• Supervised vs. unsupervised: in the supervised case, the actual character being focused on by the user is known during training. For an unsupervised setting, this is not the case.
  • Online vs. offline: in an offline setting, the whole testset is available in its entirety for classification. In the online setting, the characters are classified one by one and sequentially. The latter is most realistic and useful.
  • Adaptive vs. non-adaptive: adaptive methods can fine-tune or adapt the trained model to new incoming data, whereas non-adaptive methods remain fixed during testing.


Reliably annotated and widely used P300 speller data is rare, so we used two datasets. The first dataset is a combination of two competition datasets with a limited number of subjects which is considered challenging, the other is an easier dataset with more subjects to show the robust applicability of the proposed method.

BCI Competition Datasets.

We combined two datasets, namely from the BCI Competition II [10] and BCI Competition III [11], recorded by the Wadsworth Center at the New York State Department of Health. Both datasets are publicly available, and have been used in numerous previous BCI-related studies.

The full dataset consists of EEG recorded from three subjects (named A, B and C). Subjects A and B originate from BCI Competition III, subject C was used in BCI Competition II. The training data for subjects A and B contains 85 different characters, with 15 epochs per character. The test data is slightly bigger at 100 characters and 15 repetitions. For subject C, the training set consists of 42 characters and the test set contains 31 characters. For all subjects, 15 repetitions per character were recorded.

The EEG was recorded from 64 channels and digitized at a sampling rate of 240 Hz. The 6×6 spelling matrix (as shown in Figure 2) was shown for 2.5 s before the intensifications. An intensification of a row/column lasted 100 ms and the time between the intensifications is 75 ms.

Subject C can be considered an easy dataset: for the BCI competition II most participants were able to attain 100% spelling accuracy even with only 5 repetitions. Subjects A and B (from competition III) are considerably more challenging, as can be seen from the generally lower recognition rates, 72%–75% using 5 repetitions, compared to the perfect spelling results on subject C [10], [11].

Akimpech Datasets.

In order to asses the performance of the proposed method on a wide range of subjects, we used the Akimpech P300 database [12]. We executed our experiments on data from 22 subjects. Each subject executed 4 spelling sessions. During the first session, they had to spell the words: CALOR, CARINO and SUSHI. In the second session they task was to spell SUSHI. The third and fourth session were free spelling sessions. The subject was able to choose the words. In the first three sessions, 15 intensifications per epoch were used. The fourth session used a subject specific number of iterations. Thus, we will only use the first three sessions to evaluate our method on. The first session is the training set. The second and third session combined form the test set. The training set contains 16 characters and the number of characters in the test set ranges from 17 to 29 depending on the subject.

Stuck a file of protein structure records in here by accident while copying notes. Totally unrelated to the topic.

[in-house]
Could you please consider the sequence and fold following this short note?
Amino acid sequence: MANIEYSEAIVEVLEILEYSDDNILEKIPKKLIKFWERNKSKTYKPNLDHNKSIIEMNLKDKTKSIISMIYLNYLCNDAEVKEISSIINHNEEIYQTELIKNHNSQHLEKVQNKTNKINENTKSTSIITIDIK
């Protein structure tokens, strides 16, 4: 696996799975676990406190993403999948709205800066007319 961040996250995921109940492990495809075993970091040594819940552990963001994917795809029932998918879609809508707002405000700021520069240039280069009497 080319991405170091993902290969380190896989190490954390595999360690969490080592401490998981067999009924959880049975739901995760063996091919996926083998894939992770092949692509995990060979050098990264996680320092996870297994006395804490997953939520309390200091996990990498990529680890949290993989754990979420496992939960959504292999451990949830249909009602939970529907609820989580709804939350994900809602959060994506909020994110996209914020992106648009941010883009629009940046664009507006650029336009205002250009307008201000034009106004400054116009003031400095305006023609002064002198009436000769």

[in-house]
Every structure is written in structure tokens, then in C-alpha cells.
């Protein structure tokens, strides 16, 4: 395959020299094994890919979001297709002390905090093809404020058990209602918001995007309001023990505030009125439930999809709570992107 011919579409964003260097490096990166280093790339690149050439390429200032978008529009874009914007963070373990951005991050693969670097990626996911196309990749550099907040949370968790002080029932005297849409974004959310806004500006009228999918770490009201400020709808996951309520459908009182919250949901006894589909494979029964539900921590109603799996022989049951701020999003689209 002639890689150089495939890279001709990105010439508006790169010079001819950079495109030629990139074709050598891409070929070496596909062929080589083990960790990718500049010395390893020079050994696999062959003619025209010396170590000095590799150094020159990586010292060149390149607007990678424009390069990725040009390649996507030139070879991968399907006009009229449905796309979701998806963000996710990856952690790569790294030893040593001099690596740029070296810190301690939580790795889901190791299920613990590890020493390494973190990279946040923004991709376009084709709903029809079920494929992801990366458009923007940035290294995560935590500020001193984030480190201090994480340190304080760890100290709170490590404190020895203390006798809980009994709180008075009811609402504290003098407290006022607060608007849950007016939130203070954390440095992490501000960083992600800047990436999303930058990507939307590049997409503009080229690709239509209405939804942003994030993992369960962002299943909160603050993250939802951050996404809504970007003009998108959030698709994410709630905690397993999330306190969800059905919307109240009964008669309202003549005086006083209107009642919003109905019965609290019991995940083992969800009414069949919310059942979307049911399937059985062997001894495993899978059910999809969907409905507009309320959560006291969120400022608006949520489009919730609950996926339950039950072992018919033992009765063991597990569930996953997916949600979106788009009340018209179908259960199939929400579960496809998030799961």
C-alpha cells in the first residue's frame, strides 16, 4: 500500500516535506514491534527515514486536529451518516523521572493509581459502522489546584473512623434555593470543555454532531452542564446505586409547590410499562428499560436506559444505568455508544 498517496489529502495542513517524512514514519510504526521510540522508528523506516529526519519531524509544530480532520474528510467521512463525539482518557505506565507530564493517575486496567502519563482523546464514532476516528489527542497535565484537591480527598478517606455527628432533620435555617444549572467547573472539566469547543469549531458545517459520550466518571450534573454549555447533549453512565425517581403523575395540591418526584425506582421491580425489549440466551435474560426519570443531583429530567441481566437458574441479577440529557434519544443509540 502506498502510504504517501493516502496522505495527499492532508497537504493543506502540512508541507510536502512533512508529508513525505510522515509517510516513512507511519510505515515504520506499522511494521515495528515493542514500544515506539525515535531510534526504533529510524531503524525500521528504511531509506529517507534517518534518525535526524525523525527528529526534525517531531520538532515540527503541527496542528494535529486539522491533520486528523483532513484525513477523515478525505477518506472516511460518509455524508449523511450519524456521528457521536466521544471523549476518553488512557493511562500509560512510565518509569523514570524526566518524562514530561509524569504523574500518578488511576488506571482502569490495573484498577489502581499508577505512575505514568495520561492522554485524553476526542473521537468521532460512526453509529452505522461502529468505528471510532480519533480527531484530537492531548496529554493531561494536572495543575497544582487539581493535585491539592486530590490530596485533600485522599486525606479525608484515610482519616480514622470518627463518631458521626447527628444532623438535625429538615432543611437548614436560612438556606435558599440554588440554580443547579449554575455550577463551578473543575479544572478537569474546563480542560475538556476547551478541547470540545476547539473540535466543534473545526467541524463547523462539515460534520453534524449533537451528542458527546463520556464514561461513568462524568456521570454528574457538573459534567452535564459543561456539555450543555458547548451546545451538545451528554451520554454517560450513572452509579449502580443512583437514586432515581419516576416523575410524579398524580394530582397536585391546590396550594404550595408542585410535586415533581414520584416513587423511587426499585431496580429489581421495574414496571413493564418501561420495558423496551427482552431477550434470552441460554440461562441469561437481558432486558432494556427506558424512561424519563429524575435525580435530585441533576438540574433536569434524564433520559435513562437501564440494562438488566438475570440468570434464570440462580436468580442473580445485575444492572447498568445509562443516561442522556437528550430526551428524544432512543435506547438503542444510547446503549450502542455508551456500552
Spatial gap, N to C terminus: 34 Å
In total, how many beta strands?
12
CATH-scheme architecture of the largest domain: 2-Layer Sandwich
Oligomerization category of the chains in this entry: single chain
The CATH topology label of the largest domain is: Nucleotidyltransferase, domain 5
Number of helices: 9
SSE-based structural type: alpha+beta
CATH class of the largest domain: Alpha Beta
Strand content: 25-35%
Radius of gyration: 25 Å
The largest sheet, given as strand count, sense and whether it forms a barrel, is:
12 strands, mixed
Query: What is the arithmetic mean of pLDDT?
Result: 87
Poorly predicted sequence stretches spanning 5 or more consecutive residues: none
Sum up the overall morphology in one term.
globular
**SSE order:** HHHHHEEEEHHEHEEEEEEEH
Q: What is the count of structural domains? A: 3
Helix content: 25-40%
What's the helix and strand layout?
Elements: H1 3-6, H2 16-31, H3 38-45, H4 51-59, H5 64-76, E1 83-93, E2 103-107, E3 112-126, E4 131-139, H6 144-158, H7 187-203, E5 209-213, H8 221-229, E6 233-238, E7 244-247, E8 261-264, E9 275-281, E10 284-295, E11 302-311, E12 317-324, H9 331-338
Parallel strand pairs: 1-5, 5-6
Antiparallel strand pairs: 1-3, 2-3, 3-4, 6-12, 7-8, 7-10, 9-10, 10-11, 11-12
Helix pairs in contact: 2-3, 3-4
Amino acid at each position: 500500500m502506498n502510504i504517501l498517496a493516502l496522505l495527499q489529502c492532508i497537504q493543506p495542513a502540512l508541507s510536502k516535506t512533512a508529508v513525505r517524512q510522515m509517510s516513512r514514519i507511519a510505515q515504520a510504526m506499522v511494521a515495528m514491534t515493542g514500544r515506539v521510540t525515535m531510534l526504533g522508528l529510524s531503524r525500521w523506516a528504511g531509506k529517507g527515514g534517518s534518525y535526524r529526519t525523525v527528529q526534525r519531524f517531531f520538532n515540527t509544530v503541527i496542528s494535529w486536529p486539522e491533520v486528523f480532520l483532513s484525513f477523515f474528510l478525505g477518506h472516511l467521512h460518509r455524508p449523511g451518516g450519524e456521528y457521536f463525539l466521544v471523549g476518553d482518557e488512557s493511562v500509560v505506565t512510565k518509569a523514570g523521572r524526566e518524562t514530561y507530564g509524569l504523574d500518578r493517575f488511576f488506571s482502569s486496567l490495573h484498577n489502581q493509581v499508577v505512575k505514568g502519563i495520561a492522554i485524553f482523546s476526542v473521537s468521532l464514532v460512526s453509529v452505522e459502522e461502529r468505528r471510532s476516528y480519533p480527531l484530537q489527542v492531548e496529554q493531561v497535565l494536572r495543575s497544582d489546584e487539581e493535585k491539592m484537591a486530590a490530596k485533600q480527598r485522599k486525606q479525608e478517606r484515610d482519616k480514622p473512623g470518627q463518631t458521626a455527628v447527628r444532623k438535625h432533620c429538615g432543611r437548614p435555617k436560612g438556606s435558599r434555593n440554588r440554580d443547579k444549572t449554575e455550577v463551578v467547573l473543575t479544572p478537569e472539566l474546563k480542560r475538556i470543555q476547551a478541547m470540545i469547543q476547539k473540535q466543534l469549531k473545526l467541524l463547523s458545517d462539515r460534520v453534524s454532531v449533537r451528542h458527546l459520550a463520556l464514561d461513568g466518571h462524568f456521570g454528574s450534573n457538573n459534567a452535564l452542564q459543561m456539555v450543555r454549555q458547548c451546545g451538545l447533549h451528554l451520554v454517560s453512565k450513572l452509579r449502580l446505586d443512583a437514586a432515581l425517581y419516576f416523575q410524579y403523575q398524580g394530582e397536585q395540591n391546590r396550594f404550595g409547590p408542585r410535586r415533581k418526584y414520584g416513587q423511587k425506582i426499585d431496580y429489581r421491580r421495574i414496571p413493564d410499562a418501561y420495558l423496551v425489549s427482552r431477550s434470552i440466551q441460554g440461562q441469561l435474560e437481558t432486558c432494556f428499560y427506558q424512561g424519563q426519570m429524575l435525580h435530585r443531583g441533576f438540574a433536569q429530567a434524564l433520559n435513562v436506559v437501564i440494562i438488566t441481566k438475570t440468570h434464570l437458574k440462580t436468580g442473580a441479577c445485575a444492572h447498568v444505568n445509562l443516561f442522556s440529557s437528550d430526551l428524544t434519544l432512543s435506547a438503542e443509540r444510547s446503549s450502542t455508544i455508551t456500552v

In this dataset the EEG was recorded from 10 channels at 256 Hz. The same spelling matrix as in the BCI Competition dataset was used. This matrix was shown for 2 s before the intensifications. The stimulus duration was 62.5 ms and the time between the stimuli was 125 ms. There was an additional 2 s pause after the intensifications.

Related Work

The P300 speller paradigm has been researched extensively. Topics in P300 research include but are not limited to: novel P300 speller representations, clinical tests on real patients and machine learning algorithms. We will restrict the in depth discussion of the related work to this last subfield.

The use of the BCI competition III dataset has been described in many BCI-related publications [7], [10], [11], [13][17], also after the competition closed. The following systems achieve the highest accuracies on BCI Competition III and will be used in a direct comparison:

  • eSVM: Rakotomamonjy and Guige used an ensemble of Support Vector Machines (SVM) [17]. They divided the training set into 17 partitions, each partition containing EEG corresponding to 5 characters. Each partition was then used to do channel elimination and SVM training. The final classification was done by summing the outputs from the 17 resulting classifiers. The main advantage of this method is that it is still one of the best performing systems on that data set. The drawback is that the entire training procedure is rather cumbersome and that the classifiers are static.
  • CNN-1 and MCNN-1: These methods, by Cecotti and Graser, are the currently one of the best performing classifiers [7]. They used Convolutional Neural Networks (CNN) to detect the P300. CNN-1 is trained on the entire data set, whereas MCNN-1 is an ensemble of CNN's. Each classifier in the ensemble is trained using a balanced data set by using all of the intensifications containing a P300 response and on only one fifth of the negative examples. Just as for the eSVM approach, the classifier outputs are summed to obtain the final prediction. Both CNN-1 and MCNN-1 produced excellent spelling predictions. However, like the eSVM approach, the training procedure is rather complex, computationally demanding and non-adaptive